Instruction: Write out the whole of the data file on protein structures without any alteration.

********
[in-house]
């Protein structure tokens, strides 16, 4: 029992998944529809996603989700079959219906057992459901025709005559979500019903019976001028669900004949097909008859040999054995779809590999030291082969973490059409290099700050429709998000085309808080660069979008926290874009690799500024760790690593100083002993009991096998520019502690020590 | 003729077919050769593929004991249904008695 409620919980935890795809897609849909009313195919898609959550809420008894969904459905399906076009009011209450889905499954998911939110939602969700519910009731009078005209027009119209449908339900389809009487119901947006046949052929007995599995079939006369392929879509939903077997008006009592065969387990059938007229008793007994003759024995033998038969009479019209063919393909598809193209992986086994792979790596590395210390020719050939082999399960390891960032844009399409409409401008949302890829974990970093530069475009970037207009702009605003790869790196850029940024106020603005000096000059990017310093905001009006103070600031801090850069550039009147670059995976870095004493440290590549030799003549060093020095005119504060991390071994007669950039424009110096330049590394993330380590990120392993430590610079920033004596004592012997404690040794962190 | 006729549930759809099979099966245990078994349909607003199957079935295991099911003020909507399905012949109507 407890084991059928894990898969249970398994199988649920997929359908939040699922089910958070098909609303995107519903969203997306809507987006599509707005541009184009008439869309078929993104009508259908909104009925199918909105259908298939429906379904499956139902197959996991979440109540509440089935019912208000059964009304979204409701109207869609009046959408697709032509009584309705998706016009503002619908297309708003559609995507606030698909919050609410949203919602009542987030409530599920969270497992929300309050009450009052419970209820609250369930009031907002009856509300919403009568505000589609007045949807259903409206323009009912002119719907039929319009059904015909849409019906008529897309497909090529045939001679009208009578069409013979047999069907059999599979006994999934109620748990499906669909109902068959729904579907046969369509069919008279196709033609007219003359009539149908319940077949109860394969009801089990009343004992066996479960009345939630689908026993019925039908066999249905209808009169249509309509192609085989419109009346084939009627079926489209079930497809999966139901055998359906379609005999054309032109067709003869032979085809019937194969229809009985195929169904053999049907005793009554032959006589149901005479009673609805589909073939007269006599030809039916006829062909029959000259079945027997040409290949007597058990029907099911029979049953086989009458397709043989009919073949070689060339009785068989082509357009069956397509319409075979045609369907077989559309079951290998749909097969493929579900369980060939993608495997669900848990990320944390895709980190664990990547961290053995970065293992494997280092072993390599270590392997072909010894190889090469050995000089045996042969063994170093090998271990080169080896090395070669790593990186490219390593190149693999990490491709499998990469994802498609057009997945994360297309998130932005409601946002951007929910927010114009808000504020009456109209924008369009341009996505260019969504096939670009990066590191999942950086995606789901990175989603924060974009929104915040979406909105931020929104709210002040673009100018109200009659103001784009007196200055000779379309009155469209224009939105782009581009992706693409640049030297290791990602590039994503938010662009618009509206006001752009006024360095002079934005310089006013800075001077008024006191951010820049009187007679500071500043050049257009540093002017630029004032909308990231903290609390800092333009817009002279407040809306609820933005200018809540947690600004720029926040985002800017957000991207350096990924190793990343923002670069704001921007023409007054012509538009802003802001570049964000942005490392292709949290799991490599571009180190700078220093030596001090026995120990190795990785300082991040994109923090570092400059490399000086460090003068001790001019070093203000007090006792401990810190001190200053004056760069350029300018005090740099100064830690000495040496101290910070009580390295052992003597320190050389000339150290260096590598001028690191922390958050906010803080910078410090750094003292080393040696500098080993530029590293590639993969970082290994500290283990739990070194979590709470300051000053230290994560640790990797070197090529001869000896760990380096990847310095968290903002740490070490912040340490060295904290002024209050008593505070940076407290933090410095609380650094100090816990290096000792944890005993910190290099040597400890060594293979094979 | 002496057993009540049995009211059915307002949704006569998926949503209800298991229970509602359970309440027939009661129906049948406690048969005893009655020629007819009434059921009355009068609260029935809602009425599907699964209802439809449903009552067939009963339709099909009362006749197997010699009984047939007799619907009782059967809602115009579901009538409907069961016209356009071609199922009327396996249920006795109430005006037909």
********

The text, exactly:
[in-house]
């Protein structure tokens, strides 16, 4: 029992998944529809996603989700079959219906057992459901025709005559979500019903019976001028669900004949097909008859040999054995779809590999030291082969973490059409290099700050429709998000085309808080660069979008926290874009690799500024760790690593100083002993009991096998520019502690020590 | 003729077919050769593929004991249904008695 409620919980935890795809897609849909009313195919898609959550809420008894969904459905399906076009009011209450889905499954998911939110939602969700519910009731009078005209027009119209449908339900389809009487119901947006046949052929007995599995079939006369392929879509939903077997008006009592065969387990059938007229008793007994003759024995033998038969009479019209063919393909598809193209992986086994792979790596590395210390020719050939082999399960390891960032844009399409409409401008949302890829974990970093530069475009970037207009702009605003790869790196850029940024106020603005000096000059990017310093905001009006103070600031801090850069550039009147670059995976870095004493440290590549030799003549060093020095005119504060991390071994007669950039424009110096330049590394993330380590990120392993430590610079920033004596004592012997404690040794962190 | 006729549930759809099979099966245990078994349909607003199957079935295991099911003020909507399905012949109507 407890084991059928894990898969249970398994199988649920997929359908939040699922089910958070098909609303995107519903969203997306809507987006599509707005541009184009008439869309078929993104009508259908909104009925199918909105259908298939429906379904499956139902197959996991979440109540509440089935019912208000059964009304979204409701109207869609009046959408697709032509009584309705998706016009503002619908297309708003559609995507606030698909919050609410949203919602009542987030409530599920969270497992929300309050009450009052419970209820609250369930009031907002009856509300919403009568505000589609007045949807259903409206323009009912002119719907039929319009059904015909849409019906008529897309497909090529045939001679009208009578069409013979047999069907059999599979006994999934109620748990499906669909109902068959729904579907046969369509069919008279196709033609007219003359009539149908319940077949109860394969009801089990009343004992066996479960009345939630689908026993019925039908066999249905209808009169249509309509192609085989419109009346084939009627079926489209079930497809999966139901055998359906379609005999054309032109067709003869032979085809019937194969229809009985195929169904053999049907005793009554032959006589149901005479009673609805589909073939007269006599030809039916006829062909029959000259079945027997040409290949007597058990029907099911029979049953086989009458397709043989009919073949070689060339009785068989082509357009069956397509319409075979045609369907077989559309079951290998749909097969493929579900369980060939993608495997669900848990990320944390895709980190664990990547961290053995970065293992494997280092072993390599270590392997072909010894190889090469050995000089045996042969063994170093090998271990080169080896090395070669790593990186490219390593190149693999990490491709499998990469994802498609057009997945994360297309998130932005409601946002951007929910927010114009808000504020009456109209924008369009341009996505260019969504096939670009990066590191999942950086995606789901990175989603924060974009929104915040979406909105931020929104709210002040673009100018109200009659103001784009007196200055000779379309009155469209224009939105782009581009992706693409640049030297290791990602590039994503938010662009618009509206006001752009006024360095002079934005310089006013800075001077008024006191951010820049009187007679500071500043050049257009540093002017630029004032909308990231903290609390800092333009817009002279407040809306609820933005200018809540947690600004720029926040985002800017957000991207350096990924190793990343923002670069704001921007023409007054012509538009802003802001570049964000942005490392292709949290799991490599571009180190700078220093030596001090026995120990190795990785300082991040994109923090570092400059490399000086460090003068001790001019070093203000007090006792401990810190001190200053004056760069350029300018005090740099100064830690000495040496101290910070009580390295052992003597320190050389000339150290260096590598001028690191922390958050906010803080910078410090750094003292080393040696500098080993530029590293590639993969970082290994500290283990739990070194979590709470300051000053230290994560640790990797070197090529001869000896760990380096990847310095968290903002740490070490912040340490060295904290002024209050008593505070940076407290933090410095609380650094100090816990290096000792944890005993910190290099040597400890060594293979094979 | 002496057993009540049995009211059915307002949704006569998926949503209800298991229970509602359970309440027939009661129906049948406690048969005893009655020629007819009434059921009355009068609260029935809602009425599907699964209802439809449903009552067939009963339709099909009362006749197997010699009984047939007799619907009782059967809602115009579901009538409907069961016209356009071609199922009327396996249920006795109430005006037909």